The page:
Description of Historic Place
This large Island Ell style house overlooks a former mill pond in an idyllic setting with spacious grounds and mature trees. It features gable roofs, dormers, and two-over-two windows with their original bracketted hood moulding.
The Richardson House is valued for its association with the Patterson, Makita, and Richardson families; for its association with the development of tourism in PEI; and for its Island Ell architectural style.
It is believed the house, the oldest in Hunter River, was built around 1864 by James Patterson (1817-1907) who had emigrated from Norwich in Norfolk County, England in 1841. Patterson originally leased 113 acres of land in Hunter River from the proprietor, David Stewart Rennie, in October of 1853. He would build and operate a grist mill on the property. After the Land Purchase Act came into effect in 1875, records indicate that Patterson purchased the land in December 1877.
The property remained in the Patterson family for several generations. James' son, also James Patterson (1853-1942) operated the area's first hydroelectric plant in 1919 on the property. In return for operating the plant, he received free electricity for his home and mill. He also established the first street lights in Hunter River. In 1920, the grist mill was sold to Lefuta Wood, who operated it until 1940. It was then purchased by R. Bagnall.
The third generation, James Wellington Patterson (1891-1974), would operate tourist accommodations on the property called the "Patterson Tourist Home" beginning in the 1950s. This was advertised as providing "home cooked meals" and being close to "trout fishing". In 1964, the Patterson property was distinguished as a "Century Farm" and received a special sign to display.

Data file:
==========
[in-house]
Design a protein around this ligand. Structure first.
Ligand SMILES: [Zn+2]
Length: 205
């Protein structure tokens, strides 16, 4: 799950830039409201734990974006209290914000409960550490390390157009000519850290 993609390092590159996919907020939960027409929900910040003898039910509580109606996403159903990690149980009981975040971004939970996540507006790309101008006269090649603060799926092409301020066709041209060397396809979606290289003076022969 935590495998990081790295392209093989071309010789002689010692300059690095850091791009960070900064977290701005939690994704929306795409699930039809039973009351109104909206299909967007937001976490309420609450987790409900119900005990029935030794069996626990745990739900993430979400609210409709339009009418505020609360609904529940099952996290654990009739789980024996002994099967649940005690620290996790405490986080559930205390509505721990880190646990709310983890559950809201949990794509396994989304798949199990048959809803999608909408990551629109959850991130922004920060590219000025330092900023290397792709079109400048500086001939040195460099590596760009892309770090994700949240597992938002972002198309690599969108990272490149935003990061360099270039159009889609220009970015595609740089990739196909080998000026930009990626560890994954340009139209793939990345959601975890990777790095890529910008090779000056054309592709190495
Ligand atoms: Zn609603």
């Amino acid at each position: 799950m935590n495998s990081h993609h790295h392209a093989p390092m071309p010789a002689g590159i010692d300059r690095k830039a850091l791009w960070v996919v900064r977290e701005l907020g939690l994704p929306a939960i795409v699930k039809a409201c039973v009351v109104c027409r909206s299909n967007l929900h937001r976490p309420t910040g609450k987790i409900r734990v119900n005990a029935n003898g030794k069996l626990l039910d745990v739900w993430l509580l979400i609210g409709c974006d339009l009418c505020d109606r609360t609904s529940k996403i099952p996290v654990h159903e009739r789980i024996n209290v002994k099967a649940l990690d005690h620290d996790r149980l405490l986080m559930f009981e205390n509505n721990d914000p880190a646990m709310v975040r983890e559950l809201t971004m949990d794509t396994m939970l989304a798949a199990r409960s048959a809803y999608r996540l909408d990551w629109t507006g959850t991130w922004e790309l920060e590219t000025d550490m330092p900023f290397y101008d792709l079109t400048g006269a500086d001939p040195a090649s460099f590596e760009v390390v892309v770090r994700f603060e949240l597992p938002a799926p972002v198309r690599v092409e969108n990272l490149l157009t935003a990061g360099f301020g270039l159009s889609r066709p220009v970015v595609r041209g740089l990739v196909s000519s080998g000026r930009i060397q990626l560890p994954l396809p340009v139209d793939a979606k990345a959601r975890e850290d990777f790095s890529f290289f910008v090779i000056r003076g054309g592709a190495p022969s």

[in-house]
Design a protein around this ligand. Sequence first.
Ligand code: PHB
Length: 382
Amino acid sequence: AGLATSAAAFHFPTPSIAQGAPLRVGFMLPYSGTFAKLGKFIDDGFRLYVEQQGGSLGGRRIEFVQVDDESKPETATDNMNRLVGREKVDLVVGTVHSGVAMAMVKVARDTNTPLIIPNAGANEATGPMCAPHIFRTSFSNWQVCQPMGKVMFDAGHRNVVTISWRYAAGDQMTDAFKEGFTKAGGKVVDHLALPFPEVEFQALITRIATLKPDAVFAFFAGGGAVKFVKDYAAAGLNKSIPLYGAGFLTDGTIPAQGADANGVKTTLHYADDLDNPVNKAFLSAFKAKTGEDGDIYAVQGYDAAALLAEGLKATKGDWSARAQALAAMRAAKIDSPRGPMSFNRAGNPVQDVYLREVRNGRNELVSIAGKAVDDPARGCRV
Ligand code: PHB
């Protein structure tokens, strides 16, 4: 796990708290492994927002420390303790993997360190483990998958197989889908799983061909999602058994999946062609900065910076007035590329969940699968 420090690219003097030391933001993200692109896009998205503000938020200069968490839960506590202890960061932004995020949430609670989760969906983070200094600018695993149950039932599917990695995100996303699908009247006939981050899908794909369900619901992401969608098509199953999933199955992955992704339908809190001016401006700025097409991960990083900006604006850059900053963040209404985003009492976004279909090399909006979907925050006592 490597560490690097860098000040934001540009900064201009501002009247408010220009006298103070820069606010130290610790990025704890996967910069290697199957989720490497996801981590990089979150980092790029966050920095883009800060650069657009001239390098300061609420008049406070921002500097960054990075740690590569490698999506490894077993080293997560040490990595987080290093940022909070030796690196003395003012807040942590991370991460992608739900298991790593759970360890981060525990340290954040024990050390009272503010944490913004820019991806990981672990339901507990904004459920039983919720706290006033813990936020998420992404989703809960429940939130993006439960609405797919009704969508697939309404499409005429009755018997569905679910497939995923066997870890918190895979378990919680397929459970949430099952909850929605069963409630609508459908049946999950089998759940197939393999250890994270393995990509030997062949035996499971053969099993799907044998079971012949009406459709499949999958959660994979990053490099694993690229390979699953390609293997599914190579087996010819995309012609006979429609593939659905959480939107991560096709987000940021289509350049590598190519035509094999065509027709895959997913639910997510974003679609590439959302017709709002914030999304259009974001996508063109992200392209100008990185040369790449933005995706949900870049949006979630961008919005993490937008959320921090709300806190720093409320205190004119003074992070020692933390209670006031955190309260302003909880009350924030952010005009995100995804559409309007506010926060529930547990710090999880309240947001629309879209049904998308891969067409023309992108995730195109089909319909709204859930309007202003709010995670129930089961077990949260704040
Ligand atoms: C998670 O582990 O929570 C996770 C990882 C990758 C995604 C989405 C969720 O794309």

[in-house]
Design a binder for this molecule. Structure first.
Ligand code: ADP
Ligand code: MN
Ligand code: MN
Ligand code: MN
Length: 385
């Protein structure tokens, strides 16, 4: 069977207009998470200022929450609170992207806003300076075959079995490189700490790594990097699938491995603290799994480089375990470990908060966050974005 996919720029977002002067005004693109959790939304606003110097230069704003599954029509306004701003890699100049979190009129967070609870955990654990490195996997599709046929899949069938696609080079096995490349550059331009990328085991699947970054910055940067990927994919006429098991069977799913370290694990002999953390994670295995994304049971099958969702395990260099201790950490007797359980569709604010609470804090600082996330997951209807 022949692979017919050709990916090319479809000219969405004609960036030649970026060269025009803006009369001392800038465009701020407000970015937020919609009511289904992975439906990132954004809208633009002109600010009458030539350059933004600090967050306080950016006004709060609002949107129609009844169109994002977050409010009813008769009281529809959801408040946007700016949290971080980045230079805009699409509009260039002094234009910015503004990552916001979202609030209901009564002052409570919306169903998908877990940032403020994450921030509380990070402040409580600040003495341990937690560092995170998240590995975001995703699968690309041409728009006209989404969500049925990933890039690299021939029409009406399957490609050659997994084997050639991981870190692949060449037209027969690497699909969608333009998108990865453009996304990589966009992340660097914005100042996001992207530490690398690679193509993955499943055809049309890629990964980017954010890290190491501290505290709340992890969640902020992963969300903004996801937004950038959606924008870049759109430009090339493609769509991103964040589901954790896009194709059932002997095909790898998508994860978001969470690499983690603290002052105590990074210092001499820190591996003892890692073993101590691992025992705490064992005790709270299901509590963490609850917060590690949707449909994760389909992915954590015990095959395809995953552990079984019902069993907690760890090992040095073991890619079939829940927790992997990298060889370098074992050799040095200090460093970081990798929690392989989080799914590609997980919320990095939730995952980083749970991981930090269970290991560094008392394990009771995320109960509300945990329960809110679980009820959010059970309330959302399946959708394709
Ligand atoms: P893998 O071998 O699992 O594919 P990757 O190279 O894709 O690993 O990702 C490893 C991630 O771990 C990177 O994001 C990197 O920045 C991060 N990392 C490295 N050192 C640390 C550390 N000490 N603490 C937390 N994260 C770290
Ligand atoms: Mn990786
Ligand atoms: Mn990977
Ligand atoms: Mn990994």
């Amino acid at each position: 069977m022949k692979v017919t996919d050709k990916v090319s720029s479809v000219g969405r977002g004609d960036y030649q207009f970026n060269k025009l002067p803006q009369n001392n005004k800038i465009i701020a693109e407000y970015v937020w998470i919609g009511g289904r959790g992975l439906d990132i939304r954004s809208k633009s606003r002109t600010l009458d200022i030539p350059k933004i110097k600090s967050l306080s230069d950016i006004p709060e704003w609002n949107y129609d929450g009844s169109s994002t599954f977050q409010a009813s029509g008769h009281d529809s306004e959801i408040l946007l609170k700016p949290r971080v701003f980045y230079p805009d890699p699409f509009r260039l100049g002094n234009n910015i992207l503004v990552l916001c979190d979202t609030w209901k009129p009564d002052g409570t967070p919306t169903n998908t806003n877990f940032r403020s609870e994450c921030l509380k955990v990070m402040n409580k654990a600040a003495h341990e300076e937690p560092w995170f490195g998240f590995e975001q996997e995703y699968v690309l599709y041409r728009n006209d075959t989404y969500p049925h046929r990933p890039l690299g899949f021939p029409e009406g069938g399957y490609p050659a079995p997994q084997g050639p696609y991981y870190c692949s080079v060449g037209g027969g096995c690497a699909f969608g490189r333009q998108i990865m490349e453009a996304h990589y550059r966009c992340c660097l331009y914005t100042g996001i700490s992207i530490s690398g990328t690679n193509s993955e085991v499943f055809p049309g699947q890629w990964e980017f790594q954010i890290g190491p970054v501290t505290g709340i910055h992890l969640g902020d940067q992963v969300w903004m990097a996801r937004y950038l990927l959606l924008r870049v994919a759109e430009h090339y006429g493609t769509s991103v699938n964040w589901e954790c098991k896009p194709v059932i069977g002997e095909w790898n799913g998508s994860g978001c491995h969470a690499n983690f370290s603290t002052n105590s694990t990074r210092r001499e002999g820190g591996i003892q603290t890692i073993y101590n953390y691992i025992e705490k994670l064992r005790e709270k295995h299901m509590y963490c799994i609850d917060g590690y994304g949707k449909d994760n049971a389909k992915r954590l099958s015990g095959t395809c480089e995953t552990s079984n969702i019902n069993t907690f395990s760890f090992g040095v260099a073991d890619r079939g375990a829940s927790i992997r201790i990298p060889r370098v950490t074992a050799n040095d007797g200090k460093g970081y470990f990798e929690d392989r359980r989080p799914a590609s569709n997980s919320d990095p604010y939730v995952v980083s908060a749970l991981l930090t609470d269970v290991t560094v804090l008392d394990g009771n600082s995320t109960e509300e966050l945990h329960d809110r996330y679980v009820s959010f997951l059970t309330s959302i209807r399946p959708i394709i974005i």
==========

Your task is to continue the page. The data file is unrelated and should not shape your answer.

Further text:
The Mikita family from Vancouver visited the Patterson Tourist Home in 1970. They fell in love with the property and soon purchased it. From 1981 to 1987 they operated their own tourist business from the house, calling it "The Old Homestead Bed and Breakfast". The Mikita's introduced the Tennessee Walking Horse breed to PEI, with the hope that it would become widespread. However, it did not.
In 1987, the Richardsons' purchased the property after also enjoying their stay at the bed and breakfast. Dr. Richardson, a dentist, operated a dental office from the house between 1989 and 1992. To accommodate his business, the south sunroom was transformed into a large waiting room for his patients.
The house retains several original elements including many two-over-two windows with bracketted hood mouldings. It remains an important structure in the history of Hunter River.
Source: Culture and Heritage Division, PEI Department of Communities, Cultural Affairs and Labour, Charlottetown, PE C1A 7N8
File #: 4310-20/H6
The heritage value of the house is represented in the following character-defining elements:
- the wood frame construction
- the wood shingle cladding
- the gable rooflines
- the brick chimney
- the ell shaped addition to the left of the main house
- the dormer
- the enclosed front verandah
- the addition to the right of the main house
- the two-over-two windows with decorative bracketted hood mouldings